Chondromalacia

What is chondromalacia?

The knee joint is composed of two main articulations (bearing surfaces). The largest articulation is the point at which the femur (thigh bone) and tibia (shin bone) come in contact. The smaller, but no less important, articulation is where the undersurface of the patella (kneecap) comes in contact with the femur. In a normal knee these surfaces are covered by healthy tissue called articular cartilage. In combination with synovial fluid produced inside the joint, the articular cartilage provides a smooth surface on which the bones can glide. Chondromalacia is a softening and subsequent roughening of these surfaces and results in a decrease of the bones’ ability to move freely and without pain.

What causes chondromalacia?

Chondrolmalacia is usually associated with injury, overuse of the knee, and poorly aligned muscles and bones around the knee joint. These causes include:

  • Trauma to the kneecap, such as a fracture or dislocation
  • Repeated bending or twisting of the knee joint, especially during sports
  • Poorly aligned muscles or bones near the knee joint
  • An imbalance of the muscles around the knee (some muscles are weaker than others)
  • Injury to a meniscus (C-shaped cartilage inside the knee joint)
  • Rheumatoid arthritis or osteoarthritis
  • An infection in the knee joint

What are the symptoms of chondromalacia?

  • Swelling
  • Clicking and grinding within the knee
  • Pain that is aggravated by squatting, running and/or using the stairs

Symptoms for chondromalacia can be diverse in presentation and severity. The symptoms listed should only be thought of as a generalization of the symptoms associated with this disorder.

How is chondromalacia diagnosed?

Your physician will review your medical history to determine if there’s been a fracture, sprain, infection or arthritis in your knee that might be a contributing factor. A physical exam includes a check to see how your kneecap aligns with your thighbone, how your knee responds to bending and straightening, and how your painful knee compares with the normal one. Your doctor will also check for swelling, deformity, tenderness, and fluid in the knee joint. X-rays or an MRI may also confirm a diagnosis of chondromalacia.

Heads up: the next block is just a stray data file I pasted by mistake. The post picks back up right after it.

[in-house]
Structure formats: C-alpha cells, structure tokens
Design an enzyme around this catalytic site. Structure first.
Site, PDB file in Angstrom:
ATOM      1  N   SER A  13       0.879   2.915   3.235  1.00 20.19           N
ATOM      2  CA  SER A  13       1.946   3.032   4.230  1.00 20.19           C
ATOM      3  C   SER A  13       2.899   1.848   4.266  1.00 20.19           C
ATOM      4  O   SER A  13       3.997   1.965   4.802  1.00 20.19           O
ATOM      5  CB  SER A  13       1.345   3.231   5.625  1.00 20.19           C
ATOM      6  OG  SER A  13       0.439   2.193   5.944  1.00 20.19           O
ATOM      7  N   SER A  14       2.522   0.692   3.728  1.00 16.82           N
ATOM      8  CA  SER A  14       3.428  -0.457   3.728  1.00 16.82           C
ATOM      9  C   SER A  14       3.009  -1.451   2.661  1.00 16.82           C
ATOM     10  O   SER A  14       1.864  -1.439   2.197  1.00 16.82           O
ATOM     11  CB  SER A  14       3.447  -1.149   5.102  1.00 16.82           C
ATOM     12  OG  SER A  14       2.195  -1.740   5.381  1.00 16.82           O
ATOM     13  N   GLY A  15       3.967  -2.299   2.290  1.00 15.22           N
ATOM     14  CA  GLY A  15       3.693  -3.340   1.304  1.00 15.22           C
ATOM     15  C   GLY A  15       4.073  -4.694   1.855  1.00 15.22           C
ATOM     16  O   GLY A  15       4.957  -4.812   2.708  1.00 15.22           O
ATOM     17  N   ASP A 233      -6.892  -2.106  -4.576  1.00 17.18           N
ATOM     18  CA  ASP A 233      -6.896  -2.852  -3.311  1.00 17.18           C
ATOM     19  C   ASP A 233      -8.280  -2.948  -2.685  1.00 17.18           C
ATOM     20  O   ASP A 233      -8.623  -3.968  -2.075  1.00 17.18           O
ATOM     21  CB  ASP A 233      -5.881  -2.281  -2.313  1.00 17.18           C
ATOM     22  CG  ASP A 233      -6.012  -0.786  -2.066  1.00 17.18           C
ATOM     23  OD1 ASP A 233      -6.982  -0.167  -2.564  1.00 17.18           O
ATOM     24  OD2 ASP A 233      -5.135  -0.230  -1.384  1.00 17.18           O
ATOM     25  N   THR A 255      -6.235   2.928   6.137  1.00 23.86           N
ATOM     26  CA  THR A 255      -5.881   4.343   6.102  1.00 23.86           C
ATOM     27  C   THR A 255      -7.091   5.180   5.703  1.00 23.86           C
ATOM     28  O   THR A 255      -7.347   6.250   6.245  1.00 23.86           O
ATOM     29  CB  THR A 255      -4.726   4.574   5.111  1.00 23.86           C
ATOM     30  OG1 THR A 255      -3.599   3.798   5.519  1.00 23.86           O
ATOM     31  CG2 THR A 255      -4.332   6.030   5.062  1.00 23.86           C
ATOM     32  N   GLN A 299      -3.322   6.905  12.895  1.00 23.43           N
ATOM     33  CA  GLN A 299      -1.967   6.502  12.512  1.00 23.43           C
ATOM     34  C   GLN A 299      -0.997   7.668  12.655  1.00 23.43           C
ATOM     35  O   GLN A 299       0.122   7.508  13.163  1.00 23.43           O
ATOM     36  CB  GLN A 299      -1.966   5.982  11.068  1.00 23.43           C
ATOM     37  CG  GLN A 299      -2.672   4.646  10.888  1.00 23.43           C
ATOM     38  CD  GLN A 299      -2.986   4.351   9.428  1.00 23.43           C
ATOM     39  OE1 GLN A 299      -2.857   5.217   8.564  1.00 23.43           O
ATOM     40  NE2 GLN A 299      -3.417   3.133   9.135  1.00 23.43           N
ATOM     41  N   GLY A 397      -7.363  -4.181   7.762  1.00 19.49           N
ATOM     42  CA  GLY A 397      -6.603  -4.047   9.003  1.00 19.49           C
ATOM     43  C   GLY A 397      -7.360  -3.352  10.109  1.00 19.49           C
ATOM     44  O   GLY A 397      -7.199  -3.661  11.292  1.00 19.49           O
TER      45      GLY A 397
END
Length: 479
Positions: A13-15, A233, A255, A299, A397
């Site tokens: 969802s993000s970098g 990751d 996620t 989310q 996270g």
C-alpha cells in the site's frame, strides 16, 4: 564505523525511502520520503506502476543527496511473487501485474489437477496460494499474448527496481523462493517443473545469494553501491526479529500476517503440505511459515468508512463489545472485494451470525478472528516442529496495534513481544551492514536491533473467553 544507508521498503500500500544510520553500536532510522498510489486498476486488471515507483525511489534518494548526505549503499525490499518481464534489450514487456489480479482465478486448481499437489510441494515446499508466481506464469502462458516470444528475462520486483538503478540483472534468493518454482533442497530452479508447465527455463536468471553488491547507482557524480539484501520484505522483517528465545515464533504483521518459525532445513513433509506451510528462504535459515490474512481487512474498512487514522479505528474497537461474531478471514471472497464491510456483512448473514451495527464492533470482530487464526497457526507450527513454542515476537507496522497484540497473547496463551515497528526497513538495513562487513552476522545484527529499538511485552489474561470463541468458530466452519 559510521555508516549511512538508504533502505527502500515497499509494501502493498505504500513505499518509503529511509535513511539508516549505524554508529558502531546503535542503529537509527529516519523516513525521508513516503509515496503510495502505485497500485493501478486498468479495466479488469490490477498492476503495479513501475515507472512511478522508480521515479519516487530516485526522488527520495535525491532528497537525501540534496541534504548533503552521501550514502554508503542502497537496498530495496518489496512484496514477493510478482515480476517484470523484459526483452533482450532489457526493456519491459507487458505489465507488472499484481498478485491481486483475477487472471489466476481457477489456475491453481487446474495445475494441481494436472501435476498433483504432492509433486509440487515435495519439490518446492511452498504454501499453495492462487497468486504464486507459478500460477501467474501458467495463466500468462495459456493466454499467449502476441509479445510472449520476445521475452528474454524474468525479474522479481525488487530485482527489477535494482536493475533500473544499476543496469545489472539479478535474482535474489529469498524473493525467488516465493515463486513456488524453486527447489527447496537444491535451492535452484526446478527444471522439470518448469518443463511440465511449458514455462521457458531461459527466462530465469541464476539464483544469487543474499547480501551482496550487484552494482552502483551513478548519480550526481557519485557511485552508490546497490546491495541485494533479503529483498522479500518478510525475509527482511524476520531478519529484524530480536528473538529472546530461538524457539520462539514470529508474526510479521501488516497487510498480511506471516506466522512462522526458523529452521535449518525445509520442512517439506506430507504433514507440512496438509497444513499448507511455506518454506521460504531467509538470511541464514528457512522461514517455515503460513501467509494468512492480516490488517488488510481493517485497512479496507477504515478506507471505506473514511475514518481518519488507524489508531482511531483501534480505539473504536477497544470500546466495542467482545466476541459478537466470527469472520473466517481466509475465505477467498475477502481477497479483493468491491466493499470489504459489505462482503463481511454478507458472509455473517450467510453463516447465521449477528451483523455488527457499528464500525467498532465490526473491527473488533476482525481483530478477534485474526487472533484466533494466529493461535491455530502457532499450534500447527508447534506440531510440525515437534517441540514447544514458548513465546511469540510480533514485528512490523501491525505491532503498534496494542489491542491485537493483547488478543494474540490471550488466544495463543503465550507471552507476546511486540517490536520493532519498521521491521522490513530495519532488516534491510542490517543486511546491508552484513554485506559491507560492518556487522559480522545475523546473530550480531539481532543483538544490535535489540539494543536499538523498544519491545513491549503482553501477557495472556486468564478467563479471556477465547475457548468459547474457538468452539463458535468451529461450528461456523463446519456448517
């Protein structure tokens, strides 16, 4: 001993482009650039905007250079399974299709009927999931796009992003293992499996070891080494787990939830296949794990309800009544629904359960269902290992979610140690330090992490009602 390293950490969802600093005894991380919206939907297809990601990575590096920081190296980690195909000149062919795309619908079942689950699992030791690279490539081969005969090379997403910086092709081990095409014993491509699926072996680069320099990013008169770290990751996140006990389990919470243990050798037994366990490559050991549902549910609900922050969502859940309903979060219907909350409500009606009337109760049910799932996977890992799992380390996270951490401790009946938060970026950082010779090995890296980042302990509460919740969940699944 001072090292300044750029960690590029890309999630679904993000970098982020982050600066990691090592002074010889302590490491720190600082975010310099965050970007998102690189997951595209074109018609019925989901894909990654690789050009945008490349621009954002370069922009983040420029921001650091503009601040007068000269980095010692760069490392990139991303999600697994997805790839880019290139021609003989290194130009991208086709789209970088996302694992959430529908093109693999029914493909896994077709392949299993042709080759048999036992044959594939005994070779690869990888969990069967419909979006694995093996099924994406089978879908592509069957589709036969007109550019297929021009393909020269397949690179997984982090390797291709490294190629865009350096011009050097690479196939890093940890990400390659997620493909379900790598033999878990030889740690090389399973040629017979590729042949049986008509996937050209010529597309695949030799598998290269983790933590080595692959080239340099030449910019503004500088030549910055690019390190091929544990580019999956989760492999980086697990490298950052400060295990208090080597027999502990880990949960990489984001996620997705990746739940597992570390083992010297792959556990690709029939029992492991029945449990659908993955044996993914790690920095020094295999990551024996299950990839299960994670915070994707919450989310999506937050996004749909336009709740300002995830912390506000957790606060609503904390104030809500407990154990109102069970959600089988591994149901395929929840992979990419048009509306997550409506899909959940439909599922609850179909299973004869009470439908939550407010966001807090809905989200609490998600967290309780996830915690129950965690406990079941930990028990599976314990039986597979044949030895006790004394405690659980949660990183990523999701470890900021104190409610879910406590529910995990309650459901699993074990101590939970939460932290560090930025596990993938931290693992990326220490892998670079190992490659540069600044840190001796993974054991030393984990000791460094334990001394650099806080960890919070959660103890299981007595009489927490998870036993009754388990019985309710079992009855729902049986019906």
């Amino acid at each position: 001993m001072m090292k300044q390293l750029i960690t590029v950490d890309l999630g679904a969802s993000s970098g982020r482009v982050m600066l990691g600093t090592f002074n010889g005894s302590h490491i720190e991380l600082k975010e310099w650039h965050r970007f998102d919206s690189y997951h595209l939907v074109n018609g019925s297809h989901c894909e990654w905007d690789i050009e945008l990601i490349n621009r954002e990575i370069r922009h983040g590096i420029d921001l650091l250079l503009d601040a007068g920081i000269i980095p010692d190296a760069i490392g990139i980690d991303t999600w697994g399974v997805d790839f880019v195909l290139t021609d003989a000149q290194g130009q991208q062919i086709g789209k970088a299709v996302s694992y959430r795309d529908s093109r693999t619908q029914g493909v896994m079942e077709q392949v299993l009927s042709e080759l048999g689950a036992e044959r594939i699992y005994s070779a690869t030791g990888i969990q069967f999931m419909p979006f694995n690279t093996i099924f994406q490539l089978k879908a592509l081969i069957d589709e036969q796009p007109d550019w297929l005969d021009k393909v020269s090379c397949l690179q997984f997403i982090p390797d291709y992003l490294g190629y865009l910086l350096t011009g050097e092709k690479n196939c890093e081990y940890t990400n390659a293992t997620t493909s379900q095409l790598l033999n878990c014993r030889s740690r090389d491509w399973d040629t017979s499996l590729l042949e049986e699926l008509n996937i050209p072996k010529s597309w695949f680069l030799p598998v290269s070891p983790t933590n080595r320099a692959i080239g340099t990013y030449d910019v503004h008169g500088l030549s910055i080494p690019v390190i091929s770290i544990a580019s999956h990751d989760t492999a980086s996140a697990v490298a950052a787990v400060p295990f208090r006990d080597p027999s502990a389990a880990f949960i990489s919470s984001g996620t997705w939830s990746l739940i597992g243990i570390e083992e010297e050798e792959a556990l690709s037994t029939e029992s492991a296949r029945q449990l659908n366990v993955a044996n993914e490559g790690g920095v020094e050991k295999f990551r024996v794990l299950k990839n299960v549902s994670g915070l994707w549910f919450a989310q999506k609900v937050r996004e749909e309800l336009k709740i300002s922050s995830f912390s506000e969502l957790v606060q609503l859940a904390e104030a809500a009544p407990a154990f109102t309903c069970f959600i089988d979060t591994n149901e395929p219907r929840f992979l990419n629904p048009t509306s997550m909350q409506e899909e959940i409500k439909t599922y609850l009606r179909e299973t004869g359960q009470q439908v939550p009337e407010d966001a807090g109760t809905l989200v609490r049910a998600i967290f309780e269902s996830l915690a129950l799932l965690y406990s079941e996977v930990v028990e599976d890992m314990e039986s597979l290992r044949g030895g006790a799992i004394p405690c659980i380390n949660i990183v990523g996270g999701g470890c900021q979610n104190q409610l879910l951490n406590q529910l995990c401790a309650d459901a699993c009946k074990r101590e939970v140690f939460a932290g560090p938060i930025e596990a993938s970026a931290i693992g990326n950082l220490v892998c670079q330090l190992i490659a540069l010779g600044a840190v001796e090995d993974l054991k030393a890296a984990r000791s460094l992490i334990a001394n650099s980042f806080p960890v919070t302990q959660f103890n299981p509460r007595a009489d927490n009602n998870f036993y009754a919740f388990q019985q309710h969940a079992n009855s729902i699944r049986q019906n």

How is chondromalacia treated?

The goal of treatment is to reduce the pressure on your kneecap and joint. Initial treatment may consist of resting, stabilizing, and icing the knee. The cartilage damage resulting in runner’s knee can often repair itself with rest. Your physician may also prescribe anti-inflammatory medications to reduce inflammation. If swelling, tenderness, and pain persist, physical therapy and non-weight bearing exercises may be recommended, such as swimming or riding a stationary bike. More advanced cases may require a cortisone injection or joint fluid therapy, which replaces the natural lubricants found in healthy joints.

If nonsurgical treatments are not successful, or if you have severe symptoms, your doctor may recommend arthroscopy. Arthroscopy is a minimally invasive operation in which the surgeon examines the joint with an arthroscope, a pencil-thin device equipped with a camera lens and light, while making repairs through a small incision. If necessary, your doctor also can correct the alignment of your kneecap or other parts of your knee to help to reduce wear and tear on your knee cartilage.

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